Monday, May 29, 2017

Poke Poling for Intertidal Eels

"Many fish bites when you got good bait, here's a little tip that I would like to relate. Many fish bite when you got good bait. I'm a goin' fishing, yes I'm goin' fishing, and my baby goin' fishing too!"- Taj Mahal


Got eels? We do!

It had been weeks since I had the opportunity to get out and do a bit of catching and cooking. I had to take my PhD Qualifying Exams (QE) last week, which was the single most important test of my graduate career. As a result, I locked myself in my house and avoided the sun for weeks on end as I read every book and article I could think of. This was the state of my life for most of the month.


Well, I passed! To celebrate, my girl Diane treated me to a trip to the coast. I looked up marine conditions beforehand and lucky for us there was a low tide of -1.58 in the morning. We had planned to fish, but this gave me the opportunity to show Diane an old style of fishing we used to do as kids at the low tide: Poke Poling.

When we neared the coast we started calling campgrounds. That's when we realized that it was Memorial Day weekend. Out of seven campgrounds, there was not a single campsite available. We were not about to let a little thing like not having a place to sleep get us down, so we cooked up some amazing ramen on the bluffs of one of my favorite beaches and waited until the sun set. Now, I don't break the law often, but since I grew up along this coastline, so I knew of plenty of spots we could "go ninja" and camp for free for the night. I'm not saying that we did do that, I'm just saying that hypothetically if we did, then it was a very nice night on the sand listening to the waves lapping against the seashore while we slept.

The next morning after coffee and a snack we stopped at a pullout near one of my favorite northern California fishing spots and unloaded the gear while I rigged up a poke pole in a matter of minutes. 


Lucky yellow rainboots and basic tackle (bring a good jacket just in case...we had on four layers each at times)



Look mom! A local hillbilly rigging up a pokepole in his natural environment!

All it takes to rig a poke pole is a stick (like this one I cut from the roadside) or a length of bamboo about 8-12ft in length, a coat hanger, some string, duct tape, and an octopus hook on a 6" leader of at least 25lbs test mono-filament line. The coat hanger is trimmed to about 1' in length, half of which is wrapped around the tapered end of the main "rod." The other 6" of the coathanger extends from the rod tip and a loop is bent with pliers and twisted securely so that no matter how hard a fish pulls, it will not bend open. The haft between the wire hanger and stick pole is then reinforced with string and tape. Finally the leader and hook are tied to the wire loop and the hook is baited with a 1" piece of squid.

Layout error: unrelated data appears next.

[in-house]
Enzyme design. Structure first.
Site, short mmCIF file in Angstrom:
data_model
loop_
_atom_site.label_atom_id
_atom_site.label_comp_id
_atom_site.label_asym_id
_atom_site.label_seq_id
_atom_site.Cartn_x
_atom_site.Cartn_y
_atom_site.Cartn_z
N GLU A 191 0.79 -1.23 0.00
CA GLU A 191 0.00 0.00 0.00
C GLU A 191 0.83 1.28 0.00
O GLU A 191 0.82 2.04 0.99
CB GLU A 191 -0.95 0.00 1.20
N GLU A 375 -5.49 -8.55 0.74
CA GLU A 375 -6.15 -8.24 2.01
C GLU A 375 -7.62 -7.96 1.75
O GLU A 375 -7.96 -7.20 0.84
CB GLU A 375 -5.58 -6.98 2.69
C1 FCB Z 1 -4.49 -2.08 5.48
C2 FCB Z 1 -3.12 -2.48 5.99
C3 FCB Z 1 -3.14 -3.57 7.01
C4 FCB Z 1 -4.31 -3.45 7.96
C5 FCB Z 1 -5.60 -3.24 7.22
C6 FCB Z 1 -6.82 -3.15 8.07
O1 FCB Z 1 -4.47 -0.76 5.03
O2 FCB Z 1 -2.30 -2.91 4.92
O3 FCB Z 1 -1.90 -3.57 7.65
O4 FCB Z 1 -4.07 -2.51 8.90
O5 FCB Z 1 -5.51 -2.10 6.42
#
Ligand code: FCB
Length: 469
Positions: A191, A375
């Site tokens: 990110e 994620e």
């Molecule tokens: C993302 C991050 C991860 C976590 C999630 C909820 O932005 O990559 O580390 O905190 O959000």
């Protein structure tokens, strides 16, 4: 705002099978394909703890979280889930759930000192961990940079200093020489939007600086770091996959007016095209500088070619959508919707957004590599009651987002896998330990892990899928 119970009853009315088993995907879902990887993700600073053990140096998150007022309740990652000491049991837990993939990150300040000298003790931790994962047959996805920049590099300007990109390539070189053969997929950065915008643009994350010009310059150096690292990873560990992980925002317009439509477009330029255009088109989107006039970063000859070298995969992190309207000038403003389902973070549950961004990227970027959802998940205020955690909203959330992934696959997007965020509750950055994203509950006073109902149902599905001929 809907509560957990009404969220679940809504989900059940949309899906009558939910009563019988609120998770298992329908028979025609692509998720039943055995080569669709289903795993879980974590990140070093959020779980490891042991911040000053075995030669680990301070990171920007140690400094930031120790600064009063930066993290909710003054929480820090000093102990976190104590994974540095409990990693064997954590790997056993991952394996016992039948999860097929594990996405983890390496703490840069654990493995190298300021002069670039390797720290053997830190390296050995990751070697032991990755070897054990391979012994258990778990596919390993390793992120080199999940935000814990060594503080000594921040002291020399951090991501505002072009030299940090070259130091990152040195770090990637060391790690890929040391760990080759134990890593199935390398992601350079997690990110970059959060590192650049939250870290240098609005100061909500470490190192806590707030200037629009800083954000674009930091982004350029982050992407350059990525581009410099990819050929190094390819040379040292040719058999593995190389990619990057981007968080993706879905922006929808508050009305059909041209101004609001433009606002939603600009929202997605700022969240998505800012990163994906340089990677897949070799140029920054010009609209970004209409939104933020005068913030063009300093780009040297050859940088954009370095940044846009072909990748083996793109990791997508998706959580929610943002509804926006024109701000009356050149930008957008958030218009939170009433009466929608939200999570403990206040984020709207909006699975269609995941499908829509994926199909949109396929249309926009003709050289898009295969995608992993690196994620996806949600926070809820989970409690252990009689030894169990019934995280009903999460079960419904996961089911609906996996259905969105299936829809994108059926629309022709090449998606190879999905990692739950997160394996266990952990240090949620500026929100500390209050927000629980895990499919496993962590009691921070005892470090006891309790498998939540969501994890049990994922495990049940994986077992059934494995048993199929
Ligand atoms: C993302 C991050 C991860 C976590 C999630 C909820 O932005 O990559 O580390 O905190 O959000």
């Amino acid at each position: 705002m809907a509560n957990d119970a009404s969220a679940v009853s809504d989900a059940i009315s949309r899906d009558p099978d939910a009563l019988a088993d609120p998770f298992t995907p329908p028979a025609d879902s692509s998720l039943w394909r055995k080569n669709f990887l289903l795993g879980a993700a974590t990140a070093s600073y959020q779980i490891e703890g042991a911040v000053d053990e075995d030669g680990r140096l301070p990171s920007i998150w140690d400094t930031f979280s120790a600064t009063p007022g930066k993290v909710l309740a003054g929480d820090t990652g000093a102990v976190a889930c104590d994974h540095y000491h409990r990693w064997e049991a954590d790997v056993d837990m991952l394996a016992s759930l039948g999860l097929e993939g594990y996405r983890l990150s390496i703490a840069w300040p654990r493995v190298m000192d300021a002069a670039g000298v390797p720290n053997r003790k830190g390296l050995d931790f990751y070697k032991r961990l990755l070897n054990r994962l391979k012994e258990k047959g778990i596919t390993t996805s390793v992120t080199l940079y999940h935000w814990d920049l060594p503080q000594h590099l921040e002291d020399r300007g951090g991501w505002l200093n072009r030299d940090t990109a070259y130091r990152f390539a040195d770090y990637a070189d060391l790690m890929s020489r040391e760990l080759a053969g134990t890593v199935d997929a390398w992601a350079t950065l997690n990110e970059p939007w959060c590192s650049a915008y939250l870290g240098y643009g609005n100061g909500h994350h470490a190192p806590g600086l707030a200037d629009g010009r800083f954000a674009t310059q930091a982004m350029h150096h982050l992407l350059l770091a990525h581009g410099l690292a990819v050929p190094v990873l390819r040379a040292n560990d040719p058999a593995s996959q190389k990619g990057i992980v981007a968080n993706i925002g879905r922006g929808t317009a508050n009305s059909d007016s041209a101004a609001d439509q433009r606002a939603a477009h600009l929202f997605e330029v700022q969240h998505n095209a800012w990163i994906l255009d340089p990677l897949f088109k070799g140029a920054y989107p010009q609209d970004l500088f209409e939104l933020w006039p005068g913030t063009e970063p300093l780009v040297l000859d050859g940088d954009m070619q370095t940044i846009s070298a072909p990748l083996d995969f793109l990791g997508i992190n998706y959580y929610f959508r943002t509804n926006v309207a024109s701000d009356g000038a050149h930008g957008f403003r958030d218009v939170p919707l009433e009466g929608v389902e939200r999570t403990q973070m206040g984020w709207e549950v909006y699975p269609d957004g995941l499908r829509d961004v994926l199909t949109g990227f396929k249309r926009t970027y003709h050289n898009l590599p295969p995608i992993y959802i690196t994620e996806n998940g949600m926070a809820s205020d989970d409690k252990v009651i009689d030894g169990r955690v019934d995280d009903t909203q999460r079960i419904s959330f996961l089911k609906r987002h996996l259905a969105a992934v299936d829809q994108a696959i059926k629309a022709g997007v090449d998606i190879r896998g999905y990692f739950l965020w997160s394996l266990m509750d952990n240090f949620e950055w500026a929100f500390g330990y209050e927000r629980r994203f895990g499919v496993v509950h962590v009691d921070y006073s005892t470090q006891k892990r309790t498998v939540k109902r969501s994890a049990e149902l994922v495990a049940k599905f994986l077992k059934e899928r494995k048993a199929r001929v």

Next we scrambled over boulders and across cracks out in the intertidal zone to locate our prey. We were after monkeyface prickelbacks aka monkeyface eels (Cebidichthys violaceus). These guys live in tight cracks and under overhangs in the rocky reef that cannot easily be accessed by a standard fishing setup. The pokepole allows you to work the bait deep under the rocks and back into cracks. In a minute or less you will likely feel a subtle tug. Pull back to set the hook and pull the quarry from the hole.

I suggest bringing a tight mesh net and a stringer as these eels are very hard to keep hold of once caught. 

We spent a few hours fishing and poke poling and honestly, by the end of the day, I had decided that next time I am only bring poke poles. The poke pole out-fished the standard rods and reels to an astonishing degree!

Of course, my baby out-fished me as well! She had never used a poke pole and yet she caught four juvenile fish and a nice eel. I only caught two eels, but they were both keepers for sure! The first eel I caught, I was just showing Diane how to probe a good fishing hole while telling her, "now this is the kind of hole where you might find a...HOLY S#%T! EEL!!!" That was just five minutes into the trip. After that, the eel was not the only one who got hooked! We couldn't get enough!


Hard to believe that these eels would go anywhere near such an ugly poke pole... but they sure did!



Some happy intertidal anglers

It was a hell of a good time and when all was said and done, we had a nice red rock crab and three sizable eels to bring back. I filleted one of the eels and Diane got to cooking seaside on my old propane burner.


I can smell the spices and sea air still!

Eel sauteed in chili-garlic sauce, oyster sauce, and soy sauce was placed over udon noodle soup with a stock we made from the crab and eel skeleton. * Keep in mind that rock crabs are not safe to consume in most of northern California currently, and though I will not tell you where we were because I always keep my spots secret, I guess that is a subtle hint. Please call the Biotoxin Information Line maintained by the California Department of Public Health before harvesting any sea-life to be sure it is safe to consume in your area (800-553-4133).

In any case, the crab and eel imparted the most incredible base to what I can honestly say was the best sea-side meal I have had all year! We were absolutely thrilled. It was a great day fishing, laughing, cooking, and ended with one hell of a feast! It doesn't get any fresher than that!


Sooooo goooood!


The pictures look good right? But believe me,  they simply do not do justice to this exquisite meal!

Well, I hope you enjoyed the story. 
Can't wait to see you out there! Be safe! 
And keep the old ways alive!

1 comment:

  1. You certainly found a great way to unwind after the grueling weeks of studying.

    ReplyDelete